Hypothyroidism in Dogs

By: Dr. Michelle Nguyen Dr. Nguyen


Is your dog overweight? Is your dog not as active as he/she used to be?  Does your dog have skin issues as well (i.e. thinning hair, hair loss, recurrent ear infections, greasy hair coat, etc)?  If any of these clinical signs fit your dog, a veterinary exam and a routine blood panel may provide some answers for you.
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These clinical signs may be consistent with a syndrome called hypothyroidism. This disorder usually occurs in middle-aged dogs between the ages of 2 and 9, and both males and females are equally affected.  Hypothyroidism most commonly occurs due to the disruption or atrophy of the thyroid glands. Fortunately with treatment, long-term prognosis is excellent.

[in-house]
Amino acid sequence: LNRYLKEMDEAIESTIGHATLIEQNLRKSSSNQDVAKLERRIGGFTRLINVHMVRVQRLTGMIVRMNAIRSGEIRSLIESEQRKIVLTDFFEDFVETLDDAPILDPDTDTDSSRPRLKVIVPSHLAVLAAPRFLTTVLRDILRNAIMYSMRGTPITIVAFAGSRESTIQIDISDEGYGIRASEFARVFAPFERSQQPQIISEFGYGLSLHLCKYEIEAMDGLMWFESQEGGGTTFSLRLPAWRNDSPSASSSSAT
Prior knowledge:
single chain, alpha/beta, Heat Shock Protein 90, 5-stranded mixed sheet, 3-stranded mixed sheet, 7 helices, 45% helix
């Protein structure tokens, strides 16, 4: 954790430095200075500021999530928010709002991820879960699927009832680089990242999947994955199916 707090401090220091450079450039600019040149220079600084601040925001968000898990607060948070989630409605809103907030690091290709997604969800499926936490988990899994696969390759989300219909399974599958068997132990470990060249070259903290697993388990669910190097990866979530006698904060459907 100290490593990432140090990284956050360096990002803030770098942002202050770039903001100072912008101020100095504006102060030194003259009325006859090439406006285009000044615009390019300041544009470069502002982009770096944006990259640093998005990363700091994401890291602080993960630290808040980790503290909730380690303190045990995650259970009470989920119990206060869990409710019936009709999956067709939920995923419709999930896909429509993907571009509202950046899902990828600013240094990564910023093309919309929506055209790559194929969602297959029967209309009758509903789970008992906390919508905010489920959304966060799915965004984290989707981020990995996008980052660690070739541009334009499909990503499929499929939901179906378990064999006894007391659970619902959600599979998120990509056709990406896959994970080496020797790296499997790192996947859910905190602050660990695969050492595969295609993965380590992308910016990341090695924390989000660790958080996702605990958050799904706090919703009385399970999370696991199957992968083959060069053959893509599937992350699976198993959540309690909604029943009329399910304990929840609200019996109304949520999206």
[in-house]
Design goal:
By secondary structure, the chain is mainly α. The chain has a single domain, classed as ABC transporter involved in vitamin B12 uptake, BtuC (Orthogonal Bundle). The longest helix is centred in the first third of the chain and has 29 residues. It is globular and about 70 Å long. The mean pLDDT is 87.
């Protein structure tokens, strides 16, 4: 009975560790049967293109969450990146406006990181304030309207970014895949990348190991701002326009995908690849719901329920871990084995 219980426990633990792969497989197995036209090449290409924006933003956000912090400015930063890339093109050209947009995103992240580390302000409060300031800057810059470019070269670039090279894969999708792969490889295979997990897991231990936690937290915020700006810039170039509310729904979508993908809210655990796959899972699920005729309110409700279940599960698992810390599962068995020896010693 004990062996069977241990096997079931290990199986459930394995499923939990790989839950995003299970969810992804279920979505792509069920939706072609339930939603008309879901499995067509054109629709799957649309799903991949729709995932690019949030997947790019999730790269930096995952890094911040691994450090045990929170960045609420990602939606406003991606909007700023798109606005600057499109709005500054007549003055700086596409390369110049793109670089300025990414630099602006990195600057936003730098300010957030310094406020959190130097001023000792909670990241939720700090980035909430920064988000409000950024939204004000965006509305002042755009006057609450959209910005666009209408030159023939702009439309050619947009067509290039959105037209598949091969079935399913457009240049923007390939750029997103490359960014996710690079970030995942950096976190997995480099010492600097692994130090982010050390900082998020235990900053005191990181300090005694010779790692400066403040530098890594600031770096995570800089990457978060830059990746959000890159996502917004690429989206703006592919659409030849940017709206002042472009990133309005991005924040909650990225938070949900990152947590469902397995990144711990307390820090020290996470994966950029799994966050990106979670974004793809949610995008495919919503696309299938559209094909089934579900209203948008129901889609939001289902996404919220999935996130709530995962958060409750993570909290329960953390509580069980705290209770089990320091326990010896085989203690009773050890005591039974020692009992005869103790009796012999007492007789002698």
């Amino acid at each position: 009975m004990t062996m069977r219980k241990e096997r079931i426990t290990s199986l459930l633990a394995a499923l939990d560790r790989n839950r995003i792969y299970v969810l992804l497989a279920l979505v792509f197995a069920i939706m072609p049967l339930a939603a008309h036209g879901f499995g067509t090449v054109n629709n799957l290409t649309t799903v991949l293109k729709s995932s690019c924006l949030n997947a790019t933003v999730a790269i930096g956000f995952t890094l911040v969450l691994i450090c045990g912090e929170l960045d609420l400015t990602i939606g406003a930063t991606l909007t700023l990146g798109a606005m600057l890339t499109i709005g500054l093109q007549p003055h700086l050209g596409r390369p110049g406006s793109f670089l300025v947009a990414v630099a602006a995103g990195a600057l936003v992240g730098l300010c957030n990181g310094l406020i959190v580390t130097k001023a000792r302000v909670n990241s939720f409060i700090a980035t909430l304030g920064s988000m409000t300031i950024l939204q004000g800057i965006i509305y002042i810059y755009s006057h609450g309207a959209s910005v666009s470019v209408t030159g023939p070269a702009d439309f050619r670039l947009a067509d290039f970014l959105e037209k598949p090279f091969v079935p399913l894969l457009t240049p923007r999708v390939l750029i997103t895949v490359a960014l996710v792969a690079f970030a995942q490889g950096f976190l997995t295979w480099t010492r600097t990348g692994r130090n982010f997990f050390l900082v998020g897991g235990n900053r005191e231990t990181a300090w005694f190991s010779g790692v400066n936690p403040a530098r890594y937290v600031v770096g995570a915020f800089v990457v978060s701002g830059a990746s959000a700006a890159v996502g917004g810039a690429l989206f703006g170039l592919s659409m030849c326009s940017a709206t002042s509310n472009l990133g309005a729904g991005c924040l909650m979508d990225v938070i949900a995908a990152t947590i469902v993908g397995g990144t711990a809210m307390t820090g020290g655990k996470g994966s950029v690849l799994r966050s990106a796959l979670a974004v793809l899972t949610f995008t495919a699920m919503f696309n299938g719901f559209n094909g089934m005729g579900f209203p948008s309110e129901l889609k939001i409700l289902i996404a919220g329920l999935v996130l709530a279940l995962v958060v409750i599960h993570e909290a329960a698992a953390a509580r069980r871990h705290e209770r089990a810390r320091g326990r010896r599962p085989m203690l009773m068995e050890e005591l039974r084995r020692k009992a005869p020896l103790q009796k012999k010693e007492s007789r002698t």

The mainstay of treatment is oral thyroid hormone replacement. Your dog will be on a twice daily oral medication life-long. Luckily, most dogs do very well with oral medications, especially if hidden in pill pockets! The initial diagnosis of hypothyroidism along with fine-tuning the medication dosage will 

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require two to three blood panels.  However once the correct dose of medication is achieved, your pet will only need annual blood work to make sure the thyroid level is within the therapeutic range.

If you think these clinical symptoms fit your dog, we would love to see him/her for a comprehensive nose-to-tail physical exam and possibly blood work. Give us a call at (775) 358-6880.